Skills for Life, or, Skills for Work?

The key to success is the ability to “read” the future. Here is an example of vision and foresight. Since 2009, the provincial government of Alberta in Canada has fostered cross-curriculum competencies. These competencies include managing information, creativity and innovation, global citizenship, problem solving and critical thinking.

Today, there is an urgent need for such competencies. Radical changes in the use of technology and the nature of work makes it vital that we rethink the way we educate our young and prepare them for life. 

The very attributes that organisations seek in people — flexibility, adaptability, proactiveness, creativity and collaboration — are skills that the youth of today must be equipped with to effectively navigate their life and work environment.

Human-centered approach 

The 2019 Report of the Global Commission on the Future of Work (by ILO) calls for a new focus on the changing nature of employment and its place in economy and society. 

As we look to our young men and women to contribute meaningfully to the growth of our economies, we need to enable them to effectively address disruptive changes and leverage emerging opportunities. For instance, how do they transition into the workforce? And later, how do they retain employment that is meaningful for them, their companies and society? Addressing these questions is critical to the successful achievement of the ‘Sustainable Development’ goals. And life skills are key for them to navigate the maze of work and to contribute to society.

This requires relentless focus on skills that are intrinsic to both human nature and professional life — positive self-awareness, self-control, communication, social skills and higher-order thinking (problem-solving, critical thinking and decision-making). 

A recent World Economic Forum study made some interesting observations. 36% of all jobs across all industries, they estimated, will require complex problem-solving as one of their core skills. Content skills, cognitive abilities and process skills will be part of core skills for many industries. Plus - social skills, such as persuasion, emotional intelligence and teaching others — will be in higher demand than narrower technical skills.

Freelance and gig economy

The reality of the freelance and gig economies are here to stay. And let us add one more certainty to this equation — our millennials and Gen Z'ers, who are actually redefining entrepreneurship by becoming ‘solopreneurs’. They work independently, or team with one or two more of their kind, to offer gig services. And they will certainly combine one or more income-generating activities. 

Technology is a huge enabler of the gig economy. This is the prime reason that the next generation makes a beeline for this option. However, experience teaches us that there is more to work than just technical skills. For example, communication skills are a prime imperative, especially as they will now directly interact with clients. Other capabilities that they must imbibe quickly include presentation skills, collaboration, the art of influence, negotiation and conflict resolution. And they must learn all of these much earlier than experience will allow them to.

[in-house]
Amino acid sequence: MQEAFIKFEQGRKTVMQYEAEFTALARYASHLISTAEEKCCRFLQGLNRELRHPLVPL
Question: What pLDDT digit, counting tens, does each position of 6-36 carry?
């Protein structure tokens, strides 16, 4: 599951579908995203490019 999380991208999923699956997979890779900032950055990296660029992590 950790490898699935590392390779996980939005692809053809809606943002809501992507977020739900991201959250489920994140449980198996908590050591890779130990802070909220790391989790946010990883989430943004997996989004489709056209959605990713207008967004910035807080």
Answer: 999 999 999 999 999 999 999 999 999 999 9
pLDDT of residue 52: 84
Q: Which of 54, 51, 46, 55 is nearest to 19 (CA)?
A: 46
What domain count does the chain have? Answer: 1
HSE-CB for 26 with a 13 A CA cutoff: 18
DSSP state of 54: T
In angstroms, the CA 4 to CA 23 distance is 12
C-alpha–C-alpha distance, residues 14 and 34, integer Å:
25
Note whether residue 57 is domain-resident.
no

In such a scenario, the time has come to step past a 'wait and watch’ attitude or remain in denial of this fact. We need to move ahead to invest in education and training that will build multi-faceted knowledge and skills in the technical and functional spheres. Freelancers and gig economy members must be equipped with life and social skills to grow their business and to negotiate multiple and dynamic livelihood options.

Recent neuro-scientific research strongly supports the idea that personality traits shift throughout life and are mediated by professional skills. This makes social skills very learnable when woven into technical and academic curriculum. 

All stakeholders concerned with youth employment — schools, employers, communities and families — will need to take collaborative ownership and responsibility for youth to develop critical work-oriented life skills. They should invest time and effort to design applied skills that require experiential and active learning opportunities. The learning journey should be one that exposes the youth to new ideas and behaviours — besides providing them opportunities to practically execute them under actual work conditions and market demands.

Such education will need to start right from the middle school stage. Schools must be reinvented to build such skills, to understand and leverage adolescent strengths and challenges. How can the academic curriculum build quality and relevance? Can arts, technology, media, sports and entrepreneurship be effective mediums of development? In fact, educational institutions can take a leaf or two out of successful NGO programmes and community-based organisations to learn about innovative youth development approaches.

For young adults, the development of higher-order thinking strongly hinges on the awareness of their identity — their strengths, preferences and clarity of thought in making decisions about learning and careers. Call them by any name – soft skills, business skills or life skills — they are the ones that actually build the foundation for life and work capabilities. 

(The writer is MD and CEO, Randstad India)

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